Thursday, September 25, 2008

Forgetting Sarah Marshall DVD

DVD Review by Kam Williams

Headline: Latest Apatow Teensploit Arrives on DVD

Judd Apatow has the Midas touch in terms of teensploitation flicks. A year ago, he had a hand in Knocked Up and Superbad, a couple of crowd pleasers which made over a quarter billion dollars at the box-office alone. With Forgetting Sarah Marshall, Apatow ups the ante in terms of shock value by appealing to perhaps the lowest common denominator, starting with an opening scene featuring gratuitous shots of male genitalia.
Unfortunately, the film isn’t as funny as either of the aforementioned adventures. The problem starts with the ill-advised decision to cast first-time screenwriter Jason Segel as the leading man in a flick based on his own script.
The charisma-free protagonist plays Peter, a struggling composer with dreams of finding fame and fortune by writing a puppet rock opera version of Dracula.
At least Peter’s love life offsets his dim career prospects. For the past five years, he’s been in a monogamous relationship, or so he thinks, with Sarah (Kristen Bell), the glamorous star of a hit television series called Crime Scene. Just past the point of departure, she dumps Peter, vigorously denying that there’s anyone new. Half-truth-be-told, she’s already two-timing him with Aldous Snow (Russell Brand), the full of himself front man for a famous British rock band.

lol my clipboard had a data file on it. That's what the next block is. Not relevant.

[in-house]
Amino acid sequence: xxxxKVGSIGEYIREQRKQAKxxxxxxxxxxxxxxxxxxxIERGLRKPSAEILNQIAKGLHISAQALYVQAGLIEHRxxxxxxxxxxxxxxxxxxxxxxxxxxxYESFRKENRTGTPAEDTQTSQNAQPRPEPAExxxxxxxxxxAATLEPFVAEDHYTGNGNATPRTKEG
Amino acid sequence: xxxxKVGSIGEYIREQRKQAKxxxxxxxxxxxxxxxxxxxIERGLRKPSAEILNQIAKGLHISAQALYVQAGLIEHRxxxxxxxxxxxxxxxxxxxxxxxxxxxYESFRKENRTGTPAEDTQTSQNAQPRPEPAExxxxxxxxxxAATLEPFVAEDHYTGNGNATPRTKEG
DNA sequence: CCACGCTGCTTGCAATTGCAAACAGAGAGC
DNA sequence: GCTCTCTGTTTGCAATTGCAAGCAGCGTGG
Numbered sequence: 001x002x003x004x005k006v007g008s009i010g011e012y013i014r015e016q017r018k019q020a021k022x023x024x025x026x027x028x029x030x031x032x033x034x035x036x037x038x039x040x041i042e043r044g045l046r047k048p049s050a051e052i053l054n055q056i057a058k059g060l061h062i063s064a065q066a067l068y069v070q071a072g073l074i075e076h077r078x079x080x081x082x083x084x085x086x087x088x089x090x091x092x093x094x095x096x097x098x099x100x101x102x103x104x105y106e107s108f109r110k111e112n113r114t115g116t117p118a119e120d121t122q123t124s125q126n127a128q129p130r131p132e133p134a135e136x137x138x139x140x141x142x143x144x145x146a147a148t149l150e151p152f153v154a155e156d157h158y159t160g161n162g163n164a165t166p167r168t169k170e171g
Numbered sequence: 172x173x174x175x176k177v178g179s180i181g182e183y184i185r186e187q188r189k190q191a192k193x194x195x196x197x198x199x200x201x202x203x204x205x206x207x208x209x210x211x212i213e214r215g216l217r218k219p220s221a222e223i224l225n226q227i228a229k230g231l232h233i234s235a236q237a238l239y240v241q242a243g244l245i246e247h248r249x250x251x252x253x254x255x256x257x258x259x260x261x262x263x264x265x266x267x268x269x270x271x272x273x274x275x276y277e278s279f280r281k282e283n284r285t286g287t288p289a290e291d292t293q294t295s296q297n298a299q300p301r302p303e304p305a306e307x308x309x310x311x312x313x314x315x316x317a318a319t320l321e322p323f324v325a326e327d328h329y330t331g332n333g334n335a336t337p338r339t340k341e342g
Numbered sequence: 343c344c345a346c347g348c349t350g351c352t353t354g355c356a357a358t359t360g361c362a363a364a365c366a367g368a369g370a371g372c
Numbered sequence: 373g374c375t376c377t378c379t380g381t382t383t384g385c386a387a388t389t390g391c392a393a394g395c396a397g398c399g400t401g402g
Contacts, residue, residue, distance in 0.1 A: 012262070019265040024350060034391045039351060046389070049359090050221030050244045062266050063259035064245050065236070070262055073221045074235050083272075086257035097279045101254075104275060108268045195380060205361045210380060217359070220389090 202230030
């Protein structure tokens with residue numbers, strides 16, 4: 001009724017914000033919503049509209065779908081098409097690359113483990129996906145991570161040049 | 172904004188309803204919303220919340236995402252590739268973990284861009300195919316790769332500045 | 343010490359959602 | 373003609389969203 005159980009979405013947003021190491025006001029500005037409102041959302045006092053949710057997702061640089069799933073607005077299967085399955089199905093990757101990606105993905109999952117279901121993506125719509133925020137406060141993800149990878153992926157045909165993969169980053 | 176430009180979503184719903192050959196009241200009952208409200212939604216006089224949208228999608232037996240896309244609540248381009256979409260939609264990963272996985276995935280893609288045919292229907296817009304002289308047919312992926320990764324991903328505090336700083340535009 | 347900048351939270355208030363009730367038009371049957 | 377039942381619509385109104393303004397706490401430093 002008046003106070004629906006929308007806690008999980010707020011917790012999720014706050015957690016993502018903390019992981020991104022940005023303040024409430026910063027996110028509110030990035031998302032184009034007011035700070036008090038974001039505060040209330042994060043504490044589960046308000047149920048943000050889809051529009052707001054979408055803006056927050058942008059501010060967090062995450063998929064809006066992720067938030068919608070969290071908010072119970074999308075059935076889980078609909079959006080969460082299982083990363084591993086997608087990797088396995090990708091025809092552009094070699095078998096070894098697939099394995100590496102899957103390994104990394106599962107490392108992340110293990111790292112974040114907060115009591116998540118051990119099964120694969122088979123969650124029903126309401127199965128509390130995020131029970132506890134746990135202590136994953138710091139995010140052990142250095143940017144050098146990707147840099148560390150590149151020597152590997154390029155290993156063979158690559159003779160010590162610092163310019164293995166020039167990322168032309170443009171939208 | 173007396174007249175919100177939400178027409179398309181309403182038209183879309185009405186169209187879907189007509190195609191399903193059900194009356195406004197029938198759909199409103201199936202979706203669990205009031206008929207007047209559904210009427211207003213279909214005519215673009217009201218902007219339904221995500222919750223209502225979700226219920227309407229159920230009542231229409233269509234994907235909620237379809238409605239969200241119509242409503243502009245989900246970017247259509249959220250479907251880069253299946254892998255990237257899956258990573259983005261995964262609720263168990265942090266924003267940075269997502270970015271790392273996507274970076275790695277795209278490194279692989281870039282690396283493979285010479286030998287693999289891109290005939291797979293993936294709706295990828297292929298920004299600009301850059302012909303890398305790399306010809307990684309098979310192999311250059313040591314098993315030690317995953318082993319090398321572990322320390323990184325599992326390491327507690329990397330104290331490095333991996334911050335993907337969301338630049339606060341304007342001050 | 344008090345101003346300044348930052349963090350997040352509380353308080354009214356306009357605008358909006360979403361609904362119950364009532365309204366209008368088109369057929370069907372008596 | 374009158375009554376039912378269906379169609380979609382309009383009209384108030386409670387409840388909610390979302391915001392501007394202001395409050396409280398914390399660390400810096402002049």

Disconsolate, Peter decides to take a vacation in Hawaii to get over his ex, only to discover that she’s staying at the same resort with her golden-tanned hunk. Luckily, the hotel’s gorgeous receptionist, Rachel (Mila Kunis), takes an instant interest in Peter, so it’s obvious that it’s just a matter of time before he wises up and reciprocates.
Too bad the picture’s plot is so transparent and that Jason Segel doesn’t quite have the charm called upon to make self-effacing Peter endearing.

Very Good (2.5 stars)
Running time: 118 minutes
Studio: Universal Studios Home Entertainment
3-Disc DVD Extras: Digital bonus copy of the film, deleted, extended and alternate scenes, gag reel, trailer, extended feature with commentary, rated version of the film with commentary, video chat, music video, and several additional featurettes.

To see a trailer for Forgetting Sarah Marshall, visit:

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